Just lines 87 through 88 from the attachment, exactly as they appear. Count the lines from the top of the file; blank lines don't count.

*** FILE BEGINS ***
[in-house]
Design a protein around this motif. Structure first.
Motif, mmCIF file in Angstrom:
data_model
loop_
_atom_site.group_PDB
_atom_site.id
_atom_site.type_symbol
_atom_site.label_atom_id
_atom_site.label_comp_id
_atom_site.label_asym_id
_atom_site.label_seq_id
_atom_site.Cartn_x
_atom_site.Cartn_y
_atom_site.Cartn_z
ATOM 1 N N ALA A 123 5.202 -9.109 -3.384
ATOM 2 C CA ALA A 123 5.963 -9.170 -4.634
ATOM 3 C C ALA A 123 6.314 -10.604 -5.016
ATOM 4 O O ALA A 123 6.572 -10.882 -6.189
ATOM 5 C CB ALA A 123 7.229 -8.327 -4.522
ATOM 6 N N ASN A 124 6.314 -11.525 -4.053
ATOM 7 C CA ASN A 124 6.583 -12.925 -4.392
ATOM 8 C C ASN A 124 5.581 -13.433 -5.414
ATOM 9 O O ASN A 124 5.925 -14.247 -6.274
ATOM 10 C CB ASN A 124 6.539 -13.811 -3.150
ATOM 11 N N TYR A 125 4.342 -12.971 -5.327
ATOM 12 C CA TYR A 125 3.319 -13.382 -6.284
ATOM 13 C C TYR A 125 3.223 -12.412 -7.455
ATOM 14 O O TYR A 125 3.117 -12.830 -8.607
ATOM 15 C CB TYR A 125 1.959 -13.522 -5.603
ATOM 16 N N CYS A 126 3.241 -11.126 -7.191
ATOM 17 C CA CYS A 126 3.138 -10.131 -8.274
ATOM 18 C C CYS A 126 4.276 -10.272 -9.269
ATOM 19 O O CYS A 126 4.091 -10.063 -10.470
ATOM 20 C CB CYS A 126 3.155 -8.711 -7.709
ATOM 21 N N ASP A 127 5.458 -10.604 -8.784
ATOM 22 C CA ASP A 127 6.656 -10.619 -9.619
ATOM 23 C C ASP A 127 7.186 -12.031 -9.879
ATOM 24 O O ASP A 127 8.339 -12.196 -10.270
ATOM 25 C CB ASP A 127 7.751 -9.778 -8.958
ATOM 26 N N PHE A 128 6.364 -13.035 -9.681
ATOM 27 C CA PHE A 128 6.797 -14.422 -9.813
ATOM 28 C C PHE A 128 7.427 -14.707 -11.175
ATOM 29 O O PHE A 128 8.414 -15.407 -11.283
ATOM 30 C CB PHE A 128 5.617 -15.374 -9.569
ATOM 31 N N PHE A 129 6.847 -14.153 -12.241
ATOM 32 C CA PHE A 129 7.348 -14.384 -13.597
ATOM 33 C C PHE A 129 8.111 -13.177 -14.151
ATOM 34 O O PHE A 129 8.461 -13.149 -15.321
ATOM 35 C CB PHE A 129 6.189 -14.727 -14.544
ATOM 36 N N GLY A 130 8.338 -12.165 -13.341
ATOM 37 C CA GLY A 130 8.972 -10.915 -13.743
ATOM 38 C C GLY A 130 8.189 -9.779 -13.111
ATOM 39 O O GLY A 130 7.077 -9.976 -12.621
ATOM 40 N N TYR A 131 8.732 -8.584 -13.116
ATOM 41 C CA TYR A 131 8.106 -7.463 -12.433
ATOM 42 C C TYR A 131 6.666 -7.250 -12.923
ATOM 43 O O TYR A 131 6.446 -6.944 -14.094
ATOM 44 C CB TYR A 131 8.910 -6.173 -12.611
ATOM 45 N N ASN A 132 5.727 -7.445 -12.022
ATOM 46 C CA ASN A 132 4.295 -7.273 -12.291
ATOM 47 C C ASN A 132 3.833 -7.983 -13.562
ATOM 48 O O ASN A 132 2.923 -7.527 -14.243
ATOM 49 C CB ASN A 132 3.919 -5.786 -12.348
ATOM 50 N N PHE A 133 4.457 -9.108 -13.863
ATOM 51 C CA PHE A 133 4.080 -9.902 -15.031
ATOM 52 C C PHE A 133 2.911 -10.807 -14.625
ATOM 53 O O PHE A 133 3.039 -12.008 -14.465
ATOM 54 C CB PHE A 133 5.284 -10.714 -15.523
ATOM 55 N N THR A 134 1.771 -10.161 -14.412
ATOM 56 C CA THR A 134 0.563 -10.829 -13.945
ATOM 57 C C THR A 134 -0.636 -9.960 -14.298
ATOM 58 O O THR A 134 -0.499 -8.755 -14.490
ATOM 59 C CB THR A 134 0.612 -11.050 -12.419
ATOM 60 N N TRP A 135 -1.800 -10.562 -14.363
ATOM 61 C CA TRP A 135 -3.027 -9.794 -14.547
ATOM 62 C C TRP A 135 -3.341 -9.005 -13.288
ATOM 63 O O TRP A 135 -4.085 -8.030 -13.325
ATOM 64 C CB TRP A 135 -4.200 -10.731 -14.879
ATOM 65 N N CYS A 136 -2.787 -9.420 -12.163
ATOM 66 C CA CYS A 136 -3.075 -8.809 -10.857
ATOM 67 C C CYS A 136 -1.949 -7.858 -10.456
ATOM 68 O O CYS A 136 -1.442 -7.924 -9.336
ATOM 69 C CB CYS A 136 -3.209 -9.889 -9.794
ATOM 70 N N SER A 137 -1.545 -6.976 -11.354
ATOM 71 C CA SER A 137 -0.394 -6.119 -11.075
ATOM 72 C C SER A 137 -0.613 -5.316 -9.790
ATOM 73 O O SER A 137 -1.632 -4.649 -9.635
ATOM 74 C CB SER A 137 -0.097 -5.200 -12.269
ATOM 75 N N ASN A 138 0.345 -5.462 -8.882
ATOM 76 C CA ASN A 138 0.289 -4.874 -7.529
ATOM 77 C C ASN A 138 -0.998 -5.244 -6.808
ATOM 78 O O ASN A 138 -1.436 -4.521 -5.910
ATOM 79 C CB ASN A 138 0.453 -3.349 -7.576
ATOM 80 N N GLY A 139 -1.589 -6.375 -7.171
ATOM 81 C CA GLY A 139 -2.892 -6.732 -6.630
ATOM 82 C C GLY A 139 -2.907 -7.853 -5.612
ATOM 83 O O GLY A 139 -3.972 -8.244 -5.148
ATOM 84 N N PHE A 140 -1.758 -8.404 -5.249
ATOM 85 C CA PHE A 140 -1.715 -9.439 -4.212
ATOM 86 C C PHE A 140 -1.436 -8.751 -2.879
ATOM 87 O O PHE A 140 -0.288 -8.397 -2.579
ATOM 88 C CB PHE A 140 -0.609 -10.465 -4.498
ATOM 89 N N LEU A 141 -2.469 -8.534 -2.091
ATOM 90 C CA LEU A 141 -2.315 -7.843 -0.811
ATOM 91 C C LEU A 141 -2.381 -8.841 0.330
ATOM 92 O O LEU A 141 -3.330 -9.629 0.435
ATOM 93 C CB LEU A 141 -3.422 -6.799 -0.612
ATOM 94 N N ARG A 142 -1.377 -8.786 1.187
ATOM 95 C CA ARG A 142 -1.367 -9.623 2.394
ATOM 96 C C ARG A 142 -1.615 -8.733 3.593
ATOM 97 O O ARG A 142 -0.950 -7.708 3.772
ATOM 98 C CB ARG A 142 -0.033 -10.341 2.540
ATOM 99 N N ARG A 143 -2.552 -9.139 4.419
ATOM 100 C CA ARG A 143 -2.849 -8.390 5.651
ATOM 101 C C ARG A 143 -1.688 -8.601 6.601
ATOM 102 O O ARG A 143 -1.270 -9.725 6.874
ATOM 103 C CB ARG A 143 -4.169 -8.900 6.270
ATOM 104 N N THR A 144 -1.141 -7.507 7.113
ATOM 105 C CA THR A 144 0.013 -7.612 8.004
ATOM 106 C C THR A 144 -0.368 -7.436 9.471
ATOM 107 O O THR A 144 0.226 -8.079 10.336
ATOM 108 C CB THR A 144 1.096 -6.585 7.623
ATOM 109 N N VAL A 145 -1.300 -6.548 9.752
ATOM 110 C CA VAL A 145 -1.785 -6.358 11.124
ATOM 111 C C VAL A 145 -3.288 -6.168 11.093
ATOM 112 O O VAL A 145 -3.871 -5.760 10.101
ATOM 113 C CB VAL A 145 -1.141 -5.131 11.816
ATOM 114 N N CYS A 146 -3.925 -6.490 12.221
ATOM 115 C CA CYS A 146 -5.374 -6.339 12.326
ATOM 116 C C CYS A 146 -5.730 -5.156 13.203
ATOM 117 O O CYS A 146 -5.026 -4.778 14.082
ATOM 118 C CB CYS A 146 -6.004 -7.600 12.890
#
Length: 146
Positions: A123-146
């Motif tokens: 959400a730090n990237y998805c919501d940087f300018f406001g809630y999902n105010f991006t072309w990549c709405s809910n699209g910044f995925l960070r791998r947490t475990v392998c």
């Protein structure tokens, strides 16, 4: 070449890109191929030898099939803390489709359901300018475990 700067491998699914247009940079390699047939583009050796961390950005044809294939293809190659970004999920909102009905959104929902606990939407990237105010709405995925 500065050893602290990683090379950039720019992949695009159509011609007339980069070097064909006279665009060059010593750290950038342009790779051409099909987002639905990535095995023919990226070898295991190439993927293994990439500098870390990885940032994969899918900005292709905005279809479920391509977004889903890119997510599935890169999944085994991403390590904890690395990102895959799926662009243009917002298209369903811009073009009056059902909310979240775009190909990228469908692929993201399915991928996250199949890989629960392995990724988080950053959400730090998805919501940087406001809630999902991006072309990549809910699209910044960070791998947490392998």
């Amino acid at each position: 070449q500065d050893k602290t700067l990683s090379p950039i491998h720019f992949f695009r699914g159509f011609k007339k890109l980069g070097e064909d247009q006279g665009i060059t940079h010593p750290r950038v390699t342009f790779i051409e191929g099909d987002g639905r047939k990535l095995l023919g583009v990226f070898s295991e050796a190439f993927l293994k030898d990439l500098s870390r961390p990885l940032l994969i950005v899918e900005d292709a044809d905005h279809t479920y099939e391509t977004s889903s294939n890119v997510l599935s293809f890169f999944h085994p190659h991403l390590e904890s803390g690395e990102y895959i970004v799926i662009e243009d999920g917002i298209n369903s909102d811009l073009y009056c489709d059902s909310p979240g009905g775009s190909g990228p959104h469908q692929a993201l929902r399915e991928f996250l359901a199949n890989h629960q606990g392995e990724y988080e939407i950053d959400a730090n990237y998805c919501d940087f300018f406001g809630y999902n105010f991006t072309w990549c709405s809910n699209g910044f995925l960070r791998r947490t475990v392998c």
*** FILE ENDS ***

ATOM 72 C C SER A 137 -0.613 -5.316 -9.790
ATOM 73 O O SER A 137 -1.632 -4.649 -9.635